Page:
A glimpse at Toronto ticket prices
We interrupt our playoff programming to bring you...
One of the great things I saw down in Pittsburgh was just how young that team's fan base is, and how many 20- and 30-somethings can afford season's tickets.
But when I tried to explain to the locals just how unaffordable tickets in Toronto were, I couldn't quite do it justice. You can say "$400 a seat" all you want, but that doesn't take into account the licence fees and everything else that corporate tickets holders pony up at the Air Canada Centre.
Which is why it's a good thing Rick Westhead gives us a glimpse at just what people are paying for Maple Leafs tickets (as part of a story on shady ticket-selling deals going down at the parent company):
"He (the MLSE sales employee) wanted to meet at the Fifth Wheel Truck Stop on the 401 in Milton," Tanguay said. "I met him, gave him the envelope with the cash, and a cheque for $65,000 and had him sign the invoice indicating the cash was part of the deal, too."Now, what our friend here is buying is two season's tickets to the Leafs and Raptors in the lower bowl.
Besides $40,000 to cover the cost of the personal-seat licence, which gave him the right to buy tickets from MLSE, Tanguay agreed to pay $25,000 for the Leafs and Raptors tickets themselves.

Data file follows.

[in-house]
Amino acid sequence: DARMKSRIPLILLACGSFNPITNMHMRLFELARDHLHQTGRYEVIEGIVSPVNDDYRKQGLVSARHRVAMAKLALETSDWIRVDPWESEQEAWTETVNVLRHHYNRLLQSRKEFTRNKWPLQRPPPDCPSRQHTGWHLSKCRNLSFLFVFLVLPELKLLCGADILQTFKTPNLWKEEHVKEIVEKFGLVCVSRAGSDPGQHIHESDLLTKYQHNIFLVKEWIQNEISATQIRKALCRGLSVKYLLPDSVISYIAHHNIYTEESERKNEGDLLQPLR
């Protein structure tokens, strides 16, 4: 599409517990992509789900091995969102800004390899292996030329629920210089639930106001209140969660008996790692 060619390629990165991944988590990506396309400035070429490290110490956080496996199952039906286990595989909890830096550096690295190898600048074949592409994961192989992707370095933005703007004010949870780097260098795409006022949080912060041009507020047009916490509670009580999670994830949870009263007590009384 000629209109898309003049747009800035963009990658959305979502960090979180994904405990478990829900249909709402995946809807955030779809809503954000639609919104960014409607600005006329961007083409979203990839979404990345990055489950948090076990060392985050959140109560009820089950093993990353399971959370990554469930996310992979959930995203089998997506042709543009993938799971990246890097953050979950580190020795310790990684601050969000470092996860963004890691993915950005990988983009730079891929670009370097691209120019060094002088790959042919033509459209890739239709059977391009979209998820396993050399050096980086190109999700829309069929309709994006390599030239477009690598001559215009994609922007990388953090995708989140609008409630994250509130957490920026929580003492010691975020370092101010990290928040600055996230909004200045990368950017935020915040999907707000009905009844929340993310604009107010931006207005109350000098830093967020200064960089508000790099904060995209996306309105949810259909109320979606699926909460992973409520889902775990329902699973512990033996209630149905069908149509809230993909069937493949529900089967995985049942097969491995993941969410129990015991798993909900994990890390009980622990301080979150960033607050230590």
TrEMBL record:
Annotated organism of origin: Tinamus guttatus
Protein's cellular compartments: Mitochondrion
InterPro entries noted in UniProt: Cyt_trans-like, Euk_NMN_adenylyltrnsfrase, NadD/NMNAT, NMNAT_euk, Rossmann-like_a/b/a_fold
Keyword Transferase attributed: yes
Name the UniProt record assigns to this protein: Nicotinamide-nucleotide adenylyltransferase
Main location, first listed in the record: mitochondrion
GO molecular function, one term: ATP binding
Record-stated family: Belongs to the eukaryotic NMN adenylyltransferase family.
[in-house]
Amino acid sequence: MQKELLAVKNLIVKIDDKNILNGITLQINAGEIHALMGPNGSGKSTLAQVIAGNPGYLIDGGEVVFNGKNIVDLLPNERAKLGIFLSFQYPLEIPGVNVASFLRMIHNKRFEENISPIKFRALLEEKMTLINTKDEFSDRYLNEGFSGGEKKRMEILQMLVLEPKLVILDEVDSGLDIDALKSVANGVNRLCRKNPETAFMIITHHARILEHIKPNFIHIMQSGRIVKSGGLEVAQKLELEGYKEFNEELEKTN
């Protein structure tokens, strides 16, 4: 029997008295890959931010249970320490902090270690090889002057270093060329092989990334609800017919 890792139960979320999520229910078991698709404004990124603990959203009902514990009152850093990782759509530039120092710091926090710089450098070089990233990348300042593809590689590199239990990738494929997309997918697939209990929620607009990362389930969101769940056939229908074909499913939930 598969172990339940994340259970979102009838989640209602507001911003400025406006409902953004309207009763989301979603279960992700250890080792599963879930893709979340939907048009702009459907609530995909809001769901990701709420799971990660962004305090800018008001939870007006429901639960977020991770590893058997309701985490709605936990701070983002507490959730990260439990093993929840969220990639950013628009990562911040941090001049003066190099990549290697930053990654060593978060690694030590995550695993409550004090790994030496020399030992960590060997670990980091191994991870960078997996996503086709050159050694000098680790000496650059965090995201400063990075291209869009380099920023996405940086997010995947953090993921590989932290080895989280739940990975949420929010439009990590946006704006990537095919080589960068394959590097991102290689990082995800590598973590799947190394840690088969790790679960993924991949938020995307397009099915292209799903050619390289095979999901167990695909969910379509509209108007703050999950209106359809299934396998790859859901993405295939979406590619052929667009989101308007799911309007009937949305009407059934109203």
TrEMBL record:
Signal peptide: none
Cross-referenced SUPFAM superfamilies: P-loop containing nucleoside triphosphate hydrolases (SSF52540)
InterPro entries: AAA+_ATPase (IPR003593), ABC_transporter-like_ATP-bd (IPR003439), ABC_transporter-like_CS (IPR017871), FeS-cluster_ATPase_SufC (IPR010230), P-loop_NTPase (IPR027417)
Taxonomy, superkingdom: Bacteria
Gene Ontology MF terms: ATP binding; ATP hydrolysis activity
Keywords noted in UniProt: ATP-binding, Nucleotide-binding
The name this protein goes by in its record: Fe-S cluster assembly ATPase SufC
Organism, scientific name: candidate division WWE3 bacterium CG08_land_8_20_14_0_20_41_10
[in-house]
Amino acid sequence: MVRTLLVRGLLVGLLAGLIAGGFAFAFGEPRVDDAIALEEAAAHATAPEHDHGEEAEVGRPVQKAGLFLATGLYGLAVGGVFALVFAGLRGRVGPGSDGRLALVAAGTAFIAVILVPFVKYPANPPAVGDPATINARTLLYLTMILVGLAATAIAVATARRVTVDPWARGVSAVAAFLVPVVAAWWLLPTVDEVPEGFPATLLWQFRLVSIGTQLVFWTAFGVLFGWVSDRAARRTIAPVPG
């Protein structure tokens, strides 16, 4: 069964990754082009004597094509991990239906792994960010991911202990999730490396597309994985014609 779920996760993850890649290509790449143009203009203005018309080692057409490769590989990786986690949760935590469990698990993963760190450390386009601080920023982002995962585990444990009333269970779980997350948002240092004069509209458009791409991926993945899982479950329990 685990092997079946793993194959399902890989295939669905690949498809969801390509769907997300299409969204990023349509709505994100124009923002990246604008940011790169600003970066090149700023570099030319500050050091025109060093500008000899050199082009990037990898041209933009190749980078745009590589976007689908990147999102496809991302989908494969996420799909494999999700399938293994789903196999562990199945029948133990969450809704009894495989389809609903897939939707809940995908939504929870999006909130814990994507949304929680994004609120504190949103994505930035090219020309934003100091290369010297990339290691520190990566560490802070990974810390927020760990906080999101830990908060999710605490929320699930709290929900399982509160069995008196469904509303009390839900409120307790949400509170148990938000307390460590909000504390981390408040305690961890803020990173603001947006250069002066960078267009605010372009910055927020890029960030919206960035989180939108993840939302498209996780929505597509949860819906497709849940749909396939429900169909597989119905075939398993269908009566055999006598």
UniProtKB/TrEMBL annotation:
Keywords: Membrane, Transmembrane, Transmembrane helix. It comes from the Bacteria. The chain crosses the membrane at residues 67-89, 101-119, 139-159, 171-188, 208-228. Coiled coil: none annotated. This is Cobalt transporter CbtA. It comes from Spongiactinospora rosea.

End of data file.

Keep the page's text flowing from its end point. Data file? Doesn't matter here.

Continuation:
In addition to $40,000 up front for the licence, another $25,000 per season pays for a grand total of two tickets to 82 games (41 for each team), which works out to about $160 a seat. It's safe to assume the Leafs tickets would be worth considerably more than the Raptors, likely in the range of $230+ apiece.
And our buyer was desperately waiting on a list somewhere to shell that money out (not to mention the part about meeting at a truck stop with $5,000 cash).
These are not the best seats in the house by any means: The red section is behind one net, from the halfway point of the lower bowl on up.
I've lived in Toronto five years and have sat in the lower bowl for exactly one Leafs game, and only then when a friend won tickets at an auction. It's simply not possible for your average fan to get these tickets (or any, for that matter).
Of course, it's all a result of supply and demand, and even in Pittsburgh, with the team's success, I've heard rumblings they will cancel programs like 'Student Rush' that have kept some seats filled in the lean years.
Then you go to Columbus and there's a game-day lineup for $10 seats.
Quite a difference.
Labels: Maple Leafs